In a recent article published on iMore, Rene Richie makes a very valid point regarding the recent comparisons between SIRI and Amazon’s Alexa. The tech press does seem to have a massive love for Alexa from Amazon without ever seeming to quantify the slight issue that if you are outside the borders of the United States of America then ‘Hey Alexa’ gets you “diddly squat”.

I know that most tech publications are US-centric but I have even started noticing a few UK publications gleefully lamenting the fact that SIRI can’t compete with Alexa when it comes to digital assistants… if you omit the rather tiny issue of it not being available that is. Yes Alexa is soooooo much better, I mean it must be, it’s not made by Apple so QED better, right? If we had ever had the opportunity to try it I’m sure it would be better…


I don’t want to be that guy who feels they have to defend Apple. They are big enough and rich enough to do that themselves (though they do tend to keep quiet most of the time) but let’s get some perspective here. Technology can be a wonderful thing, as can choice, also competition can lead to some fantastic advances and discoveries but simply saying something is much better because in one small area it currently exceeds the alternatives seems a little juvenile and shortsighted.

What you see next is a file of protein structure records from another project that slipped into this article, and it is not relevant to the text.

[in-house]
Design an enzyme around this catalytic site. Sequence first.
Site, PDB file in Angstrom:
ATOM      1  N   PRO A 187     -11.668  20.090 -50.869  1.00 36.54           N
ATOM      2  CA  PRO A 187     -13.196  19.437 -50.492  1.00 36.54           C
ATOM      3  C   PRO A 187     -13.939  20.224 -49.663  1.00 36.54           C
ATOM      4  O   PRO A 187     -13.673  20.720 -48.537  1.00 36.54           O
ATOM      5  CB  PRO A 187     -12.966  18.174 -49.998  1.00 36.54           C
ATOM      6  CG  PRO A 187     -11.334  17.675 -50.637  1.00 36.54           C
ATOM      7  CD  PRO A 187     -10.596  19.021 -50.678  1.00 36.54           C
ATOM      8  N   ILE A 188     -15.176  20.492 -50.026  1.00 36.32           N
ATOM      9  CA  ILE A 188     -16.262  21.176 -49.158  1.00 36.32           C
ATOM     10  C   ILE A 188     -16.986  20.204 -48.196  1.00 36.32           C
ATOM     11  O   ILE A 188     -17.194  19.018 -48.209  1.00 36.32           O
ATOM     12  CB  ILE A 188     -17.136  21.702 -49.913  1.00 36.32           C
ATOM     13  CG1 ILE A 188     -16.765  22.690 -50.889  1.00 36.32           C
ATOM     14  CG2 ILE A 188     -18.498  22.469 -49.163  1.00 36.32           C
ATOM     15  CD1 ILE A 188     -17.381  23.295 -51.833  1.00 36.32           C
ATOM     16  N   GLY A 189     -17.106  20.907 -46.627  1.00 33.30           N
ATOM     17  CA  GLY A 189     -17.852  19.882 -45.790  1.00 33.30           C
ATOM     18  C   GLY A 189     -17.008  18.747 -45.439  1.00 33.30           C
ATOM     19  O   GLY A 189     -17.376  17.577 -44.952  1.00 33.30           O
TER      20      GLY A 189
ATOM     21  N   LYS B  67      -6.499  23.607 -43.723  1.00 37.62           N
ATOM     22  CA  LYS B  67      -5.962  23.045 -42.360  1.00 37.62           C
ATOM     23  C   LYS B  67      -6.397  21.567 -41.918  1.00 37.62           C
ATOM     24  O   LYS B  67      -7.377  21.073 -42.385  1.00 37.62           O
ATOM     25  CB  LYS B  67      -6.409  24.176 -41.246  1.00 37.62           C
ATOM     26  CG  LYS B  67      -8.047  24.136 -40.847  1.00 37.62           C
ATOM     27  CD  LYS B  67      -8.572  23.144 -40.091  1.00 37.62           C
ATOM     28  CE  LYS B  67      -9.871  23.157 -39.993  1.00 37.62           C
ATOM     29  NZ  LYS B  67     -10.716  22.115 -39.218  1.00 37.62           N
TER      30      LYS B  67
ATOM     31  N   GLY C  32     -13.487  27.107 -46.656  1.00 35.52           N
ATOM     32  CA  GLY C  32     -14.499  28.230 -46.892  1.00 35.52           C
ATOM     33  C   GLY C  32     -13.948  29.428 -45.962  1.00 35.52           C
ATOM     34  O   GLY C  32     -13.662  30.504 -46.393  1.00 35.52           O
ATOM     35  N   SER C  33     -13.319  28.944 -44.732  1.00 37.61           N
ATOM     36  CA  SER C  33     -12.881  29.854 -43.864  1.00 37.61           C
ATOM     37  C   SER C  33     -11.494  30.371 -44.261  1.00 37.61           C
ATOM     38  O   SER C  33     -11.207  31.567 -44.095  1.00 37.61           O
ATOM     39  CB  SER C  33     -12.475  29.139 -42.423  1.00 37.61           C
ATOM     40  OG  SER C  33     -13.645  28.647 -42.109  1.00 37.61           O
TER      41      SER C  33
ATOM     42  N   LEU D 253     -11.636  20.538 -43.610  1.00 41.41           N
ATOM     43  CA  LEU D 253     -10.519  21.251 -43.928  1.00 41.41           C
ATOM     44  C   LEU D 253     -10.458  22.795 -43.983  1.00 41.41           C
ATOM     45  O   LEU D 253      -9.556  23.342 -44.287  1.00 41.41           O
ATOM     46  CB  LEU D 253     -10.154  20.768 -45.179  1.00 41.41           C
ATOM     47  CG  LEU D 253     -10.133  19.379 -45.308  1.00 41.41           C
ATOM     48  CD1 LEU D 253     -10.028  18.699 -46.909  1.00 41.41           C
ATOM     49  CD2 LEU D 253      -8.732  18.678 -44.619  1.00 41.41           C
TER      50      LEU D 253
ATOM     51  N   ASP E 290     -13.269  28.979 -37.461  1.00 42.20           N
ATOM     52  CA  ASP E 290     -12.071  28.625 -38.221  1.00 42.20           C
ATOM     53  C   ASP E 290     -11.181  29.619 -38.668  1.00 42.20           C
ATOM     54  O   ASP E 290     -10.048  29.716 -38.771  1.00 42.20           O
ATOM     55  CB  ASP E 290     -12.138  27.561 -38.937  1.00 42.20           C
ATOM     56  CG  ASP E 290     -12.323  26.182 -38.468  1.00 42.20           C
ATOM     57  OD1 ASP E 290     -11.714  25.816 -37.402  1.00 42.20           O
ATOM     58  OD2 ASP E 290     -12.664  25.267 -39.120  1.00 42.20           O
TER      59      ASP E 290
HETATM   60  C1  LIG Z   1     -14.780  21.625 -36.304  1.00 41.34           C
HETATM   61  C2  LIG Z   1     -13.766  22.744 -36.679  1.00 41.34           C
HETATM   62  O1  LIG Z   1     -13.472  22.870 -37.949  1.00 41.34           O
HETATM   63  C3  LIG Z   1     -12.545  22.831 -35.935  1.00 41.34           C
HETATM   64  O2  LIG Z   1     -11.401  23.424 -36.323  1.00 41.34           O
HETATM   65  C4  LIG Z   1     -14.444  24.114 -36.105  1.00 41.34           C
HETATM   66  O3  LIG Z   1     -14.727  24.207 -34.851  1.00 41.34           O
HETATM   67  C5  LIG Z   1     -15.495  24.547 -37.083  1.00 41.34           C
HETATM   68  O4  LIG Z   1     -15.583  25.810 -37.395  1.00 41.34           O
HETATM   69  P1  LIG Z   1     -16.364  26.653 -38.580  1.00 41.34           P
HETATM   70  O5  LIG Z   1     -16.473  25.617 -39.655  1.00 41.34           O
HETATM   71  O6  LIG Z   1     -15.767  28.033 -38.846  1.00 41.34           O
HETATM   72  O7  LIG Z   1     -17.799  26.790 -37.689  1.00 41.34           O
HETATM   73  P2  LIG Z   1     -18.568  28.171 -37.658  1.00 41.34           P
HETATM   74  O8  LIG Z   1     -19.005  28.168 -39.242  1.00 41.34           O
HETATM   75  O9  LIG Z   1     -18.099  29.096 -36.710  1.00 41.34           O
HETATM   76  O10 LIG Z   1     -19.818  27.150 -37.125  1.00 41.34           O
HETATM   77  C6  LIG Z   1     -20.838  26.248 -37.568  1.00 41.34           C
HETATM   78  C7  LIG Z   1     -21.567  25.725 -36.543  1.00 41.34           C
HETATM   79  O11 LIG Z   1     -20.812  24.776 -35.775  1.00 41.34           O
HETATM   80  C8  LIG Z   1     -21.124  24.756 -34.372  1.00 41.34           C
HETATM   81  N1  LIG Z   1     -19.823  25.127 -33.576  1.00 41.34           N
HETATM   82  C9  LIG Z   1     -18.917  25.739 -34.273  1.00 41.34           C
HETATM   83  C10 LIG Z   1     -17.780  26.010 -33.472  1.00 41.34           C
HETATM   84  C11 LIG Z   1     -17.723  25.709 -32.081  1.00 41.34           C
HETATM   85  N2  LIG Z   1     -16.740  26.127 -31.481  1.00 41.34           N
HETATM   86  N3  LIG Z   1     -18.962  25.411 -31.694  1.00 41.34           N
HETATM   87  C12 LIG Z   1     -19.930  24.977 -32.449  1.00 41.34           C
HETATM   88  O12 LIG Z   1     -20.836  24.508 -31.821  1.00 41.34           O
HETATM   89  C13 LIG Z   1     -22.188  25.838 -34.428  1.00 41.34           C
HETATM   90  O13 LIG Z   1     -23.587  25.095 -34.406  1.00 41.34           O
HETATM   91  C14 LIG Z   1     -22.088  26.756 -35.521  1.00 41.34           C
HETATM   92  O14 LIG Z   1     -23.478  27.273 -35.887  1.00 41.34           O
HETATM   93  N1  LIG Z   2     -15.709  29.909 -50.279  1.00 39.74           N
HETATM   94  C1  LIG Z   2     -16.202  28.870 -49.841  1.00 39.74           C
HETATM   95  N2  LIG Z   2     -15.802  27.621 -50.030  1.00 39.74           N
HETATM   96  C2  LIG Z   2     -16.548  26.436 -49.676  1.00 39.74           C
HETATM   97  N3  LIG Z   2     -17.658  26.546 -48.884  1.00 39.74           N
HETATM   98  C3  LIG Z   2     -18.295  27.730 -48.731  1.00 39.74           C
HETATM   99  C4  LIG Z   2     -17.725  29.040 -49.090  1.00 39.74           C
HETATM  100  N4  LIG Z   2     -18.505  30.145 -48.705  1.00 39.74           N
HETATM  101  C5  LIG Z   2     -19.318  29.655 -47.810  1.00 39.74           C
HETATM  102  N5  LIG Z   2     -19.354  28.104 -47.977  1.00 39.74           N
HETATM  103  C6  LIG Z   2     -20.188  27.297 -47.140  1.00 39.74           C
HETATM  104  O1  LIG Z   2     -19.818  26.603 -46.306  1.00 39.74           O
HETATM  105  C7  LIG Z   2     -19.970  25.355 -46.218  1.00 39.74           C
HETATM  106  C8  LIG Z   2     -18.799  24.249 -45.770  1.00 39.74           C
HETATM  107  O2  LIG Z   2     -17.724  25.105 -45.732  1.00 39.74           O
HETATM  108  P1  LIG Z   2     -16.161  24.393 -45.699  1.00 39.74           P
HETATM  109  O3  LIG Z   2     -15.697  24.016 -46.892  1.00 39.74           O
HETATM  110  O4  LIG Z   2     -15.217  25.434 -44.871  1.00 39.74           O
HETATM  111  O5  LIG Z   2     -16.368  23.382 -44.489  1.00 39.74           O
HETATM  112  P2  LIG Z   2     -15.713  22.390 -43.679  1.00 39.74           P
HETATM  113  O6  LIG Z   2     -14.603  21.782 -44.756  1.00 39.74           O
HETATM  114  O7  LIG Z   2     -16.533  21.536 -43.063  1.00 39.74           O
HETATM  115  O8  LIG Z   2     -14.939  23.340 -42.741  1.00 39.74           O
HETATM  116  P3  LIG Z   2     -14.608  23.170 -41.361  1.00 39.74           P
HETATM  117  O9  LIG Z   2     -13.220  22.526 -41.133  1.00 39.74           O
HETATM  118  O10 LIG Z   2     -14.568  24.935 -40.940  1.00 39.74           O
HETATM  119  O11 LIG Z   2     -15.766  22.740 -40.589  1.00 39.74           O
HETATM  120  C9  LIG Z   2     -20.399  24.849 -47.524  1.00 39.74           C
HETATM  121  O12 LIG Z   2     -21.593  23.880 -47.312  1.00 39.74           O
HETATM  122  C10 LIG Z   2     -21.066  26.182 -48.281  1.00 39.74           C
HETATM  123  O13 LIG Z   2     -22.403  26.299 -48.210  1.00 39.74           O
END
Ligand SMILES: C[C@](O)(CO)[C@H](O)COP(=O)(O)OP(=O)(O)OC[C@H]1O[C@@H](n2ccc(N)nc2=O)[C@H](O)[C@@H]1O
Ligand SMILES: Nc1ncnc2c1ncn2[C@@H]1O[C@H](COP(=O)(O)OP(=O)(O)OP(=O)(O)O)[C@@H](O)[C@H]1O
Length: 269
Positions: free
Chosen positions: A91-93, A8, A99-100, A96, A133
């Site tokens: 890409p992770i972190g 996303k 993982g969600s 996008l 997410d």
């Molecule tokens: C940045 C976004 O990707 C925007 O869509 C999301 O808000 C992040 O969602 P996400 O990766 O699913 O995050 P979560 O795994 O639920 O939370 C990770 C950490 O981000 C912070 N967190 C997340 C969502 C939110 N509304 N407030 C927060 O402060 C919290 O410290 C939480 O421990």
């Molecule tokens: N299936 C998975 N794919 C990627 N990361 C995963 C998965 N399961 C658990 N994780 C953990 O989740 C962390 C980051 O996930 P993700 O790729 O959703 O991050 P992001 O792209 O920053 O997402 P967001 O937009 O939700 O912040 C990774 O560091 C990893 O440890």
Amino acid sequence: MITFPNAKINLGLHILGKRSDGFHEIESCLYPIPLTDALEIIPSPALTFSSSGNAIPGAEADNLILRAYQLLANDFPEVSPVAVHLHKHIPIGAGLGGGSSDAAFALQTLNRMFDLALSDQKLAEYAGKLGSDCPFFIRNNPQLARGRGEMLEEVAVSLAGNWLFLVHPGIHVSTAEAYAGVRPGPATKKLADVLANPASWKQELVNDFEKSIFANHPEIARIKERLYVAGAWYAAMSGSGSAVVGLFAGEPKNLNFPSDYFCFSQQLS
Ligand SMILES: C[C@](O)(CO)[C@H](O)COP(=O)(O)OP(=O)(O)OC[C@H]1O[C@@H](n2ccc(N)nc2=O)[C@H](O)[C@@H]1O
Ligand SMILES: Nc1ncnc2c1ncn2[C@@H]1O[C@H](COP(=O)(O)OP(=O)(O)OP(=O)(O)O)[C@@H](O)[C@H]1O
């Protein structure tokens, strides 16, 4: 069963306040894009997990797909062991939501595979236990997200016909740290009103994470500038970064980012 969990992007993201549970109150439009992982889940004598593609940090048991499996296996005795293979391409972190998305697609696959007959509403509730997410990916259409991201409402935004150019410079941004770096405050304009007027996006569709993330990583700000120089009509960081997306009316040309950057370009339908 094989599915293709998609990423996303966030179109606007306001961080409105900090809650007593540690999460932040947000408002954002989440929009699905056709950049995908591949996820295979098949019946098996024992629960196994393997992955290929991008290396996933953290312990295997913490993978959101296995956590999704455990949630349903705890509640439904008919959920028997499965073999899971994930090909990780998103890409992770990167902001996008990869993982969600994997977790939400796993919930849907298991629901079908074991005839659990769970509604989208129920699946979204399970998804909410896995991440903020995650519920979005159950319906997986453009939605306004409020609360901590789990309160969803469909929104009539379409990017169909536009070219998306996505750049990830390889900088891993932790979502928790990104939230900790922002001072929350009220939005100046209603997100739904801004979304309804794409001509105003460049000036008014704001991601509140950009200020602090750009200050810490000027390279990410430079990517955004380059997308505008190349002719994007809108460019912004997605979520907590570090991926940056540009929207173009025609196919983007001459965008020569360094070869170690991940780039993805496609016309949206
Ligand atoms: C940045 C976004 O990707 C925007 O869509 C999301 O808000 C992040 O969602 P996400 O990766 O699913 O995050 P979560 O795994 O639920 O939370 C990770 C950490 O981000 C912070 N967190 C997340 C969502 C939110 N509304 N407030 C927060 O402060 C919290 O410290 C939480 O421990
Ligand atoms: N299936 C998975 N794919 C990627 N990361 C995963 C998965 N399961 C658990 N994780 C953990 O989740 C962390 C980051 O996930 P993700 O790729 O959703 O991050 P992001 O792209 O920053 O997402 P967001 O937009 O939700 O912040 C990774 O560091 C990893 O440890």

When Apple bought SIRI it was a much more US-centric service that could perform a number of tasks such as booking you a table for dinner. Apple tends to look at the bigger picture and doesn’t just focus on the US market. As a result SIRI was stripped of a number of its features but its language understanding grew considerably so that today it can recognise and respond to 33 different languages, including its most recent addition, Hebrew.

Rumours are now growing that SIRI will see a significant upgrade at this year’s WWDC following Apple’s acquisition of UK-based VocalIQ. Apple is also possibly making an SDK available to developers and rumours of a stand-a-lone SIRI device persist, such as the recently announced Home by Google. This might just be the start of big things for Apple’s digital assistant, even for those of us outside the borders of the great US of A.

How do you think the current digital virtual assistants are performing? Are any of them up to a level where you feel you can use them constantly?

Leave a Reply

Your email address will not be published. Required fields are marked *

This site uses Akismet to reduce spam. Learn how your comment data is processed.